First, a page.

Hamid Baghaei is one of Mahmoud Ahmadinejad’s closest allies


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In another blow to the camp of Iran’s former President Mahmoud Ahmadinejad, Hamid Baghaei — Vice President from 2011 to 2013 — has been imprisoned for corruption.

Baghaei was first detained in 2015 on the charges and again in summer 2017. Reports in December initially said he had been given a 63-year punishment, but the term was later reported as 15 years.

Baghaei, who was Vice President for Executive Affairs, is a close ally of Ahmadinejad and was a high-profile part of the former President’s effort to maintain a frontline presence in Iranian politics, often by criticizing others in the regime. Both he and Ahmadinejad were blocked by the Guardian Council from standing in the 2017 Presidential election.

Last autumn, Baghaei and another senior advisor threatened by prison, Ali Akbar Javanfekr, sought sanctuary in a south Tehran mosque. The area briefly became a rallying point, with Ahmadinejad giving fiery speeches.

Ahmadinejad has continued to jab at the current Iranian leaders, even supporting nationwide protests in January and — ironically, given his disputed re-election in 2009 which sparked mass protests — calling for free and fair votes in the Islamic Republic.

But the former President is struggling against the pressure of the Iranian system, with Baghaei’s detention confirming the challenge.

Another Ahmadinejad Vice President, Mohammad Reza Rahimi, was convicted of fraud in 2015 and is serving a five-year sentence. A Parliamentary Audit Court has ordered Ahmadinejead to repay $1.3 billion of Government funds which he allegedly diverted, although that punishment is symbolic and unlikely to ever be enforced.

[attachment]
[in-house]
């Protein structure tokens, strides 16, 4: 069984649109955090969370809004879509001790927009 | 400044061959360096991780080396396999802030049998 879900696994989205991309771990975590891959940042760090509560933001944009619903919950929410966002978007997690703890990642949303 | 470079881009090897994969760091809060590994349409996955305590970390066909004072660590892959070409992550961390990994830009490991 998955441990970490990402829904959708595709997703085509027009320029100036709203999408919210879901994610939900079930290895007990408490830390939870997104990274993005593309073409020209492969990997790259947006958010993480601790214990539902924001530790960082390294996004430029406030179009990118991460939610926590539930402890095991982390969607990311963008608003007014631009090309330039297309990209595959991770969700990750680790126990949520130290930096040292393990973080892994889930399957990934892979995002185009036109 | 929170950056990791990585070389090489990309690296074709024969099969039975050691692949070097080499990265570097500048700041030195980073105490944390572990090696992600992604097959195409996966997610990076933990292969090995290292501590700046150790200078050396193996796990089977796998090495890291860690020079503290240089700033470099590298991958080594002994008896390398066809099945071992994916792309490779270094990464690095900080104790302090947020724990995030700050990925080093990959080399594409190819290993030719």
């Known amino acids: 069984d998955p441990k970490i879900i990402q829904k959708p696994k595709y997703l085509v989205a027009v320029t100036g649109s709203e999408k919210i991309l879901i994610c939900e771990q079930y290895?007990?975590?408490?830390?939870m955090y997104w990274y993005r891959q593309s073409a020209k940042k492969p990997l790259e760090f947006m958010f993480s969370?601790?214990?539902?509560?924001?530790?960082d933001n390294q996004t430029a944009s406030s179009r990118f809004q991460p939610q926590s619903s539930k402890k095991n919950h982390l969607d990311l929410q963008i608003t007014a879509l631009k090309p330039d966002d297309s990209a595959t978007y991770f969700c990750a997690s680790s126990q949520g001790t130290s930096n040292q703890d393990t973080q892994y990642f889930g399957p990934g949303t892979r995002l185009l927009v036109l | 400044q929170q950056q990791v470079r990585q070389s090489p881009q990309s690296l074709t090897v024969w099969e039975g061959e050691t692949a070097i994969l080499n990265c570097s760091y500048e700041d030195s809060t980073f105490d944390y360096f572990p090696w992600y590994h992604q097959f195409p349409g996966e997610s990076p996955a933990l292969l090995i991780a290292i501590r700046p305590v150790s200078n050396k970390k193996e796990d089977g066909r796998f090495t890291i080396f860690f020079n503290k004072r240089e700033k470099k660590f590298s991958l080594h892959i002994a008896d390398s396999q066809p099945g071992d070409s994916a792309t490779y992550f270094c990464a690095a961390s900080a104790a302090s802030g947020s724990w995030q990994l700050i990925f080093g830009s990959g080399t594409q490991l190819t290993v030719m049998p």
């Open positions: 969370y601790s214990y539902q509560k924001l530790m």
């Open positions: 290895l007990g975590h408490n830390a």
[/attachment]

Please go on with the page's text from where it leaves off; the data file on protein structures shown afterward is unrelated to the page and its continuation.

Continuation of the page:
Prominent Academic Zibakalam Given 18-Month Sentence

One of Iran’s leading academics, Tehran University professor Sadegh Zibakalam, has been sentenced to 18 months in prison for “spreading anti-state propaganda”.

Zibakalam said Wednesday that he has been banned from political and social activities, including writing for newspapers, giving interviews, and using social media, for two years.

The professor of political science was summoned by judicial authorities last week over an interview with Deutsche Welle’s Persian service earlier this year. His offense was to say that internal public discontent was the main factor behind nationwide protests in January, rather than repeating the regime line that external enemies had fomented the unrest.

He repeated the statement on Wednesday, “It’s because of the youth’s discontent with political, social and economic policies, and I predicted that just like the 2009 protests, the authorities will blame outsiders.”

Zibakalam’s trial was overseen by the hardline Judge Abolghassem Salavati, known for his lengthy sentences on political prisoners. The professor chose to appear without a lawyer “because accusations against me, in essence, are political”: “In my defense, I asked the judge if in this country we’re allowed to have an opinion which is different from that of the establishment.”

In 2014, Zibakalam was ordered to pay a fine of 40 million rials (about $825) for questioning in a public letter how beneficial Iran’s nuclear programme has been to the country.

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